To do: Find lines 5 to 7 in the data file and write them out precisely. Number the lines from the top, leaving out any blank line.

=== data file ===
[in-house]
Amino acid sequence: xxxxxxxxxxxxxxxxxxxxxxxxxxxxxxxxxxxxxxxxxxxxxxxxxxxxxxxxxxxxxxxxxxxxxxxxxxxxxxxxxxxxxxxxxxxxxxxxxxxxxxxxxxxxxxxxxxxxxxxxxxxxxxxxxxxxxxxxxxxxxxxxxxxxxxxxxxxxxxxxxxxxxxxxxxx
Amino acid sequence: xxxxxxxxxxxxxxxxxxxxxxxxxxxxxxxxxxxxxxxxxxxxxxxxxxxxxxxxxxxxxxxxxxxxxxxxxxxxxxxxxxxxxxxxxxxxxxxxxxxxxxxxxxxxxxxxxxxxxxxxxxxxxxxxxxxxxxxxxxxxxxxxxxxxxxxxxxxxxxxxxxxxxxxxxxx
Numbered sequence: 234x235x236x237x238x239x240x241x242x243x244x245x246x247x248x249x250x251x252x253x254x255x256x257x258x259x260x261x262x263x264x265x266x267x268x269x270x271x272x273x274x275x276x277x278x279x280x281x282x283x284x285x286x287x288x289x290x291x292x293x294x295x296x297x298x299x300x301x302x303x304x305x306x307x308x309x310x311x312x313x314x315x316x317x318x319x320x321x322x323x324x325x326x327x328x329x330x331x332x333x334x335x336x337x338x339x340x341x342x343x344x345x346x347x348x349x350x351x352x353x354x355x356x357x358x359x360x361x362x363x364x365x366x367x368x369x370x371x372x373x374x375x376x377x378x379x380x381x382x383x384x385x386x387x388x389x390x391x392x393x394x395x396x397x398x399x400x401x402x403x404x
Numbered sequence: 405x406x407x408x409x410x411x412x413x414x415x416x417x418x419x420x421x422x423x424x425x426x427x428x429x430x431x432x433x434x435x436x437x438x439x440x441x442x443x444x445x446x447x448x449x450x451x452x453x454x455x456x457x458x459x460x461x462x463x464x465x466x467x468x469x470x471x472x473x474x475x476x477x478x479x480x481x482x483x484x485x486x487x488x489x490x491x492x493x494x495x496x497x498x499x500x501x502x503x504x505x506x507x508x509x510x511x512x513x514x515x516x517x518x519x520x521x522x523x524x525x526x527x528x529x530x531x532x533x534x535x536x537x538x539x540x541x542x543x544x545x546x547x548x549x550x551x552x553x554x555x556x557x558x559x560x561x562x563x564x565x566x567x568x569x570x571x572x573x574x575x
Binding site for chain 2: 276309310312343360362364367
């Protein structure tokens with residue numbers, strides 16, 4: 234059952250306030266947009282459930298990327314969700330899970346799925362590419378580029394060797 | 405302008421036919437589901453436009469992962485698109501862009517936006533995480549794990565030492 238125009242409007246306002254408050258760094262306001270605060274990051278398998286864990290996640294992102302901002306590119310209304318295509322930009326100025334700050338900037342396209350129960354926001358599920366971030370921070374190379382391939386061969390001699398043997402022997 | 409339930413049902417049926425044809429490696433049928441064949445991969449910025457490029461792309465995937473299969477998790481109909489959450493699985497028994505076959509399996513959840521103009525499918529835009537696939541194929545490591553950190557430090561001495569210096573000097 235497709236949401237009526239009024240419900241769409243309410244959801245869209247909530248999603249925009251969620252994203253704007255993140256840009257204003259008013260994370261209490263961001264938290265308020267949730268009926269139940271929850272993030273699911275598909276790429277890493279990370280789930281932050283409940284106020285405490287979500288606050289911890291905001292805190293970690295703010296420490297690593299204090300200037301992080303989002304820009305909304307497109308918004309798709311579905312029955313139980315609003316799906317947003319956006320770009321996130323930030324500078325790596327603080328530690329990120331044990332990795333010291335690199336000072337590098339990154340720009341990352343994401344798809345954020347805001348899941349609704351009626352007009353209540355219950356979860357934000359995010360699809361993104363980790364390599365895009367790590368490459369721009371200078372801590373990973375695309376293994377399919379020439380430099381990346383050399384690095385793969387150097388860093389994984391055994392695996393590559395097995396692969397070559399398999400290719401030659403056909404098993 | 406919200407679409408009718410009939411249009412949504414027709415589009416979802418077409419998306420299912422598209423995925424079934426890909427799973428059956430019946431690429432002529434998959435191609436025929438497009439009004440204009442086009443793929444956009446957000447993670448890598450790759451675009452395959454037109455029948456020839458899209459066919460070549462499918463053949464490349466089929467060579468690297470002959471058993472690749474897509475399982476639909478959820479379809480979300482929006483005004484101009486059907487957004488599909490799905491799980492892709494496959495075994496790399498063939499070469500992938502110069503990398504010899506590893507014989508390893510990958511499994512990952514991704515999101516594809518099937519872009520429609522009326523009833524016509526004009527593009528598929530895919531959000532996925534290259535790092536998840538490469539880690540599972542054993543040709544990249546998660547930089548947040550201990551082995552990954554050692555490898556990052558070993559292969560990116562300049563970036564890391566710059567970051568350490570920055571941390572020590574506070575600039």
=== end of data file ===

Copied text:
Numbered sequence: 405x406x407x408x409x410x411x412x413x414x415x416x417x418x419x420x421x422x423x424x425x426x427x428x429x430x431x432x433x434x435x436x437x438x439x440x441x442x443x444x445x446x447x448x449x450x451x452x453x454x455x456x457x458x459x460x461x462x463x464x465x466x467x468x469x470x471x472x473x474x475x476x477x478x479x480x481x482x483x484x485x486x487x488x489x490x491x492x493x494x495x496x497x498x499x500x501x502x503x504x505x506x507x508x509x510x511x512x513x514x515x516x517x518x519x520x521x522x523x524x525x526x527x528x529x530x531x532x533x534x535x536x537x538x539x540x541x542x543x544x545x546x547x548x549x550x551x552x553x554x555x556x557x558x559x560x561x562x563x564x565x566x567x568x569x570x571x572x573x574x575x
Binding site for chain 2: 276309310312343360362364367
């Protein structure tokens with residue numbers, strides 16, 4: 234059952250306030266947009282459930298990327314969700330899970346799925362590419378580029394060797 | 405302008421036919437589901453436009469992962485698109501862009517936006533995480549794990565030492 238125009242409007246306002254408050258760094262306001270605060274990051278398998286864990290996640294992102302901002306590119310209304318295509322930009326100025334700050338900037342396209350129960354926001358599920366971030370921070374190379382391939386061969390001699398043997402022997 | 409339930413049902417049926425044809429490696433049928441064949445991969449910025457490029461792309465995937473299969477998790481109909489959450493699985497028994505076959509399996513959840521103009525499918529835009537696939541194929545490591553950190557430090561001495569210096573000097 235497709236949401237009526239009024240419900241769409243309410244959801245869209247909530248999603249925009251969620252994203253704007255993140256840009257204003259008013260994370261209490263961001264938290265308020267949730268009926269139940271929850272993030273699911275598909276790429277890493279990370280789930281932050283409940284106020285405490287979500288606050289911890291905001292805190293970690295703010296420490297690593299204090300200037301992080303989002304820009305909304307497109308918004309798709311579905312029955313139980315609003316799906317947003319956006320770009321996130323930030324500078325790596327603080328530690329990120331044990332990795333010291335690199336000072337590098339990154340720009341990352343994401344798809345954020347805001348899941349609704351009626352007009353209540355219950356979860357934000359995010360699809361993104363980790364390599365895009367790590368490459369721009371200078372801590373990973375695309376293994377399919379020439380430099381990346383050399384690095385793969387150097388860093389994984391055994392695996393590559395097995396692969397070559399398999400290719401030659403056909404098993 | 406919200407679409408009718410009939411249009412949504414027709415589009416979802418077409419998306420299912422598209423995925424079934426890909427799973428059956430019946431690429432002529434998959435191609436025929438497009439009004440204009442086009443793929444956009446957000447993670448890598450790759451675009452395959454037109455029948456020839458899209459066919460070549462499918463053949464490349466089929467060579468690297470002959471058993472690749474897509475399982476639909478959820479379809480979300482929006483005004484101009486059907487957004488599909490799905491799980492892709494496959495075994496790399498063939499070469500992938502110069503990398504010899506590893507014989508390893510990958511499994512990952514991704515999101516594809518099937519872009520429609522009326523009833524016509526004009527593009528598929530895919531959000532996925534290259535790092536998840538490469539880690540599972542054993543040709544990249546998660547930089548947040550201990551082995552990954554050692555490898556990052558070993559292969560990116562300049563970036564890391566710059567970051568350490570920055571941390572020590574506070575600039």